Here are the key features of the template:

  • Single shot detection — Detects objects and their bounding boxes in a single forward pass of the network, as opposed to two-stage detectors like Faster R-CNN. The one-step process significantly reduces the computational complexity and increases the speed of detection.
  • Multi-scale feature maps — SSD uses multiple feature maps at different scales to detect objects of various sizes. This approach allows SSD to effectively handle objects at different resolutions and aspect ratios.
  • Default boxes (anchors) — Predicts offsets and confidences for predefined anchor boxes of different shapes and sizes.
  • Hard negative mining — Uses hard negative mining during training to handle the class imbalance between the background and object classes. This technique helps in focusing the training on difficult examples, improving the overall accuracy of the detector.


The MMDetection_FasterRCNN template is a configuration provided by the MMDetection framework for utilizing the Faster R-CNN model, which is a popular and highly effective object detection model. Faster R-CNN stands for Faster Region-based Convolutional Neural Network and is known for its high accuracy in detecting objects within images.

Here are the key features of the template:

  • Two-stage detection — Uses an RPN (Region Proposal Network) for generating region proposals (potential object bounding boxes) and a Fast R-CNN detector for performing object classification and bounding box regression on the proposed regions.
  • Shared convolutional layers — The RPN and the Fast R-CNN detection network share convolutional features, improving efficiency.
  • Anchor boxes — Uses predefined anchor boxes of different scales and aspect ratios at each sliding window location to handle objects of various shapes and sizes. Predicts offsets to these anchors to refine the bounding box locations.
  • End-to-end training — The entire Faster R-CNN model, including the RPN and the detection network, is trained end-to-end, enhancing performance.


Click here to learn how to use the MMDetection_AdvancedConfig template to create your own customized template for deep fine-tuning tasks.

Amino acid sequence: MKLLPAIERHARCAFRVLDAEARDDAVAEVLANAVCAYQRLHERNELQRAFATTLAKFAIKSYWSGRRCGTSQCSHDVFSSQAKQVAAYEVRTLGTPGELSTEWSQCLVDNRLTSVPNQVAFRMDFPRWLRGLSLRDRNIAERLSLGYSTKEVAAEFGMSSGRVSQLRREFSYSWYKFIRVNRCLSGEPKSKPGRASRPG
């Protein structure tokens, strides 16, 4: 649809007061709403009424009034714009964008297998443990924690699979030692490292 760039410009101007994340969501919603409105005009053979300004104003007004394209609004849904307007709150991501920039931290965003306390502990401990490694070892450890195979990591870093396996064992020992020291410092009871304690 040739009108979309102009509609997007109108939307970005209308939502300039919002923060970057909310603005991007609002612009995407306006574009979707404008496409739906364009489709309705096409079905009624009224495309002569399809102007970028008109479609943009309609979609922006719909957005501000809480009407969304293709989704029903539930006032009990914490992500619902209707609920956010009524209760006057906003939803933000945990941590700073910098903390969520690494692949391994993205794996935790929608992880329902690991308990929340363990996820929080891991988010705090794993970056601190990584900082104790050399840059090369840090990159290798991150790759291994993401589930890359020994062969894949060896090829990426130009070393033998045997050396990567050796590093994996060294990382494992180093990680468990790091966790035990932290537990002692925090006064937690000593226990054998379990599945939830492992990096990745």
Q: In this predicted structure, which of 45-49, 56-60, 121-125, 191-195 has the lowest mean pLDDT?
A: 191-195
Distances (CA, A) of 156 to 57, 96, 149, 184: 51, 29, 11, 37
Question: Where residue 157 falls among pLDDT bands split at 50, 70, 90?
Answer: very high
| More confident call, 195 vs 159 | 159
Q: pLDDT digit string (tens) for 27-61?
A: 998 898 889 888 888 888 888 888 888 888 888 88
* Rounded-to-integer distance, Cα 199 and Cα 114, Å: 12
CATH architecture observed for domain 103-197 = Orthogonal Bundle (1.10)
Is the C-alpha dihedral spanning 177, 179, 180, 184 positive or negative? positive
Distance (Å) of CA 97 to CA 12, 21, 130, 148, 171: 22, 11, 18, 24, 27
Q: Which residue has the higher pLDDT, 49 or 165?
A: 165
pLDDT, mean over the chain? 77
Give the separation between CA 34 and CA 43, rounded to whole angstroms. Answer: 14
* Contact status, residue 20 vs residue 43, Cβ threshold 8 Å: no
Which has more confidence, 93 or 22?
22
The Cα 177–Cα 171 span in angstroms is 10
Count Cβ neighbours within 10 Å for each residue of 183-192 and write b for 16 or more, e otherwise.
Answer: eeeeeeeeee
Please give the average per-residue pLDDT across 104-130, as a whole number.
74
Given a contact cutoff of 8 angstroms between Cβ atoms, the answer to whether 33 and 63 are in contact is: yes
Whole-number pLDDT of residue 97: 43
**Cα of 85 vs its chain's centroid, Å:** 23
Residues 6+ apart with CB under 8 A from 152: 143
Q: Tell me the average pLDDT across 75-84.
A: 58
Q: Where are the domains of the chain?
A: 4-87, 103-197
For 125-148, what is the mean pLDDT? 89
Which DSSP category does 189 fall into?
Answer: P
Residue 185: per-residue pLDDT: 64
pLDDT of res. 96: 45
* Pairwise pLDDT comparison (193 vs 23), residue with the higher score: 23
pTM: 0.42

Clarifai Templates

Clarifai’s templates are our own configurations designed to streamline common object detection and instance segmentation tasks. These templates provide essential settings and structures, offering a solid foundation for building custom detection and segmentation pipelines.

We offer the following visual detection templates.


The Clarifai_InceptionV4 template is a pre-configured setup provided by Clarifai, leveraging the InceptionV4 model for visual recognition tasks such as object detection and instance segmentation.

InceptionV4 is a convolutional neural network architecture that builds on the success of the earlier Inception models (also known as GoogLeNet), designed by researchers at Google. InceptionV4 combines the strengths of InceptionV3 and Residual Networks (ResNet) to achieve high accuracy and efficiency in visual recognition tasks.

Here are the key features of the template:

  • Hybrid architecture — Combines inception modules and residual connections for comprehensive feature extraction and efficient training.
  • High accuracy — Achieves high precision in visual recognition tasks due to its deep and complex architecture.
  • Efficient training — Designed to be trained efficiently on large datasets, making it suitable for tasks requiring detailed feature extraction and high precision.


The Clarifai_InceptionV2 template is a pre-configured setup provided by Clarifai, leveraging the InceptionV2 model, a convolutional neural network designed for efficient and accurate visual recognition tasks such as object detection and instance segmentation.

InceptionV2 is an improvement over the original Inception (GoogLeNet) model, enhancing both performance and efficiency. It includes several architectural updates to optimize computational resources while maintaining high accuracy.

Here are the key features of the template:

  • Inception modules — Uses inception modules to perform convolutions at multiple scales for comprehensive feature extraction.
  • Efficiency improvements — Utilizes factorized convolutions and reduction modules to reduce computational complexity.